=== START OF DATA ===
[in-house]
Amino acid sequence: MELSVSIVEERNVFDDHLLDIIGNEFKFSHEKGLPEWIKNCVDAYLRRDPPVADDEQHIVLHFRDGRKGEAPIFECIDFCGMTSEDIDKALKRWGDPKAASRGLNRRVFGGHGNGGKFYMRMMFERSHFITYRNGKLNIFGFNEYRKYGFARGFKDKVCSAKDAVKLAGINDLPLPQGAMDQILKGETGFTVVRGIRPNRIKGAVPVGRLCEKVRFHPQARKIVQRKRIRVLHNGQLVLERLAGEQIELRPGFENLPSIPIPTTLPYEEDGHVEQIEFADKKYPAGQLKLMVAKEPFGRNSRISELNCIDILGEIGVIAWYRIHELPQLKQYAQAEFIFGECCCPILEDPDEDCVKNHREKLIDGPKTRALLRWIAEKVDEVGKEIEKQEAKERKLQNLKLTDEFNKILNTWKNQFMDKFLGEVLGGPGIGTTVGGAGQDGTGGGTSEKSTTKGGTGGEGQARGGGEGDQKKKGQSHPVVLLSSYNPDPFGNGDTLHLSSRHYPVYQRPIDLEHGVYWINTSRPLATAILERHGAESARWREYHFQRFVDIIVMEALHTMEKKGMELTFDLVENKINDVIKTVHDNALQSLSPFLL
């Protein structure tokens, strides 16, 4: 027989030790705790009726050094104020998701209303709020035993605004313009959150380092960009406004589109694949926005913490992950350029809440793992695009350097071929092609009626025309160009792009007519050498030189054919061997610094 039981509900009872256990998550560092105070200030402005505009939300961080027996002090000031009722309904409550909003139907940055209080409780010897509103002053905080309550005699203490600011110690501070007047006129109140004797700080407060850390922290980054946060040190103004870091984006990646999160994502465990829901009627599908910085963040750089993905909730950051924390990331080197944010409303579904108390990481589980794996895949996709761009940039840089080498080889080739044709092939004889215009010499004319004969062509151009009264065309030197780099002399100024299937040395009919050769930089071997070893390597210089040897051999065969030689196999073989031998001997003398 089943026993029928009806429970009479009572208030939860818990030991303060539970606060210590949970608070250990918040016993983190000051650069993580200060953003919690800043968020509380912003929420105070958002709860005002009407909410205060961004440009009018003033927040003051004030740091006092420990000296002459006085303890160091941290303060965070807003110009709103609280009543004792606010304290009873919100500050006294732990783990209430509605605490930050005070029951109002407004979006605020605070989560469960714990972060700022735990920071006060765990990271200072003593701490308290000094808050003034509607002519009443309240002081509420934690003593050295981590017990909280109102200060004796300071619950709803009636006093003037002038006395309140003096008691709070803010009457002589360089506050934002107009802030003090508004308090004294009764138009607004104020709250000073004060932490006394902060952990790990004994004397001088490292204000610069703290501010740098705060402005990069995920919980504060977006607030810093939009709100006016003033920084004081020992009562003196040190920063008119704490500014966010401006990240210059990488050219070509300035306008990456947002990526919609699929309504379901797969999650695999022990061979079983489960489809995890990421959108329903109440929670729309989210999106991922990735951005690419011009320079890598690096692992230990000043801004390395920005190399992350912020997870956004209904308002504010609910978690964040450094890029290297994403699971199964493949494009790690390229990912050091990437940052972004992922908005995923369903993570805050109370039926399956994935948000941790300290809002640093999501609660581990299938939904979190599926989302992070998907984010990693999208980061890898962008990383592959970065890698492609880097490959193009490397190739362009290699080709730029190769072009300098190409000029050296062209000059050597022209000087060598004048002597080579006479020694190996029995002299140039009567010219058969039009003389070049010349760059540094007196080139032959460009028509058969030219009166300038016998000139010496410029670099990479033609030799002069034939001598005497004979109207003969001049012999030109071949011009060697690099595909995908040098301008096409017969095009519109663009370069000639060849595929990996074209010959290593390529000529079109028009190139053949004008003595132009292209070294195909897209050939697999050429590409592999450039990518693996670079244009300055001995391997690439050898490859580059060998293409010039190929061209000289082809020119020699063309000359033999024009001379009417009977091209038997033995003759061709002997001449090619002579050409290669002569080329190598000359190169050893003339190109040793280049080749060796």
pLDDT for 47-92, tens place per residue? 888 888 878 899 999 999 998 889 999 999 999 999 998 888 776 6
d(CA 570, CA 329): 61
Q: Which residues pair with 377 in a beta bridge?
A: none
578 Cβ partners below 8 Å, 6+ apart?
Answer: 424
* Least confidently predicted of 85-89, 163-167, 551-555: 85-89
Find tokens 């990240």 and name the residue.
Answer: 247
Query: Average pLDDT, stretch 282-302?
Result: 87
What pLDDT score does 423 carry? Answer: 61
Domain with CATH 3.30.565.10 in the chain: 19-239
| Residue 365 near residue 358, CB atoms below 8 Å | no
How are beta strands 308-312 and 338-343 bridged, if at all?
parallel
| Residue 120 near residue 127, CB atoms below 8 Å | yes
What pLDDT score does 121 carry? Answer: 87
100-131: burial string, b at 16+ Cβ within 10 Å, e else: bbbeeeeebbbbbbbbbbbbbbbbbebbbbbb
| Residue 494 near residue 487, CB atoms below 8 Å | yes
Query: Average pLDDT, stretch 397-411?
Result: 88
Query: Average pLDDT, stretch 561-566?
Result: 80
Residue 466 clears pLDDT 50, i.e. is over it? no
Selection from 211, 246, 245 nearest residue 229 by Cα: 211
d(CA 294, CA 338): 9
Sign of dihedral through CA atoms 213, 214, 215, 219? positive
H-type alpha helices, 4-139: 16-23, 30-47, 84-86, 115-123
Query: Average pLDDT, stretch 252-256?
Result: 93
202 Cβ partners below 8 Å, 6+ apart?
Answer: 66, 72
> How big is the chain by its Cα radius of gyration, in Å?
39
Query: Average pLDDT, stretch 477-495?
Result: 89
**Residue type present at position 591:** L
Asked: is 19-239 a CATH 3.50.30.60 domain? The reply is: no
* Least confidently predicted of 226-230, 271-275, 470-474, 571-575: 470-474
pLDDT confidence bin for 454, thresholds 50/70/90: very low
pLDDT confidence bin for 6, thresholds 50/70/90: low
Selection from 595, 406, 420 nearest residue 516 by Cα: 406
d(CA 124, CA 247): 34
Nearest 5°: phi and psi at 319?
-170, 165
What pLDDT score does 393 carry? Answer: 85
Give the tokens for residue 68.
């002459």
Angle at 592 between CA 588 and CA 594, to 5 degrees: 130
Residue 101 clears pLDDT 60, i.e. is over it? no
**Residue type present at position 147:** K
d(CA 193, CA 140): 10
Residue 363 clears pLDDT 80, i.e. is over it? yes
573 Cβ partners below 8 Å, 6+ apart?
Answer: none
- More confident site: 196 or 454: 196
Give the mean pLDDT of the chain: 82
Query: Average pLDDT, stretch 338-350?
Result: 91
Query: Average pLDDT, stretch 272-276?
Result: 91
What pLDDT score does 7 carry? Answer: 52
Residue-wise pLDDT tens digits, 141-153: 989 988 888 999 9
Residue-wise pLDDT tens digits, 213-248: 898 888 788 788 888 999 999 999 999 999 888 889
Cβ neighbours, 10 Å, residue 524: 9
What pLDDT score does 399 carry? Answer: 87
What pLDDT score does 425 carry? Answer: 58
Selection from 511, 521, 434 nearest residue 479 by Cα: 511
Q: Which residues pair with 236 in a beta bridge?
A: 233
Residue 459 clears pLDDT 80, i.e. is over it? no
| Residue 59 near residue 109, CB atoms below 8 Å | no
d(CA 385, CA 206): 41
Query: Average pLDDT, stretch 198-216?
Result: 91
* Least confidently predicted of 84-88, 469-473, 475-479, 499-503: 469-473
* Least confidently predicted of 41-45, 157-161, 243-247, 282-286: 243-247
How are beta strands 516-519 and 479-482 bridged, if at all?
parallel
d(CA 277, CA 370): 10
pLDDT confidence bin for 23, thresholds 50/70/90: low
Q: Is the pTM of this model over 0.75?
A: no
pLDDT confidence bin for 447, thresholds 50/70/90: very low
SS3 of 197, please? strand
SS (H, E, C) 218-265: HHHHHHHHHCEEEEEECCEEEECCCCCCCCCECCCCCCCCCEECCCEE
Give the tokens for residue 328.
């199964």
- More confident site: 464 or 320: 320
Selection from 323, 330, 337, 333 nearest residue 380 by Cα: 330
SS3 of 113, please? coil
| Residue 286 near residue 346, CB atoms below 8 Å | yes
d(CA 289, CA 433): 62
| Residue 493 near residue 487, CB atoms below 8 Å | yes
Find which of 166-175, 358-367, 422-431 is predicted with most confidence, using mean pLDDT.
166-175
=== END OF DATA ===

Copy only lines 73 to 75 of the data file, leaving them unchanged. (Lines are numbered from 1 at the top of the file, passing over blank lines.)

Q: Which residues pair with 236 in a beta bridge?
A: 233
Residue 459 clears pLDDT 80, i.e. is over it? no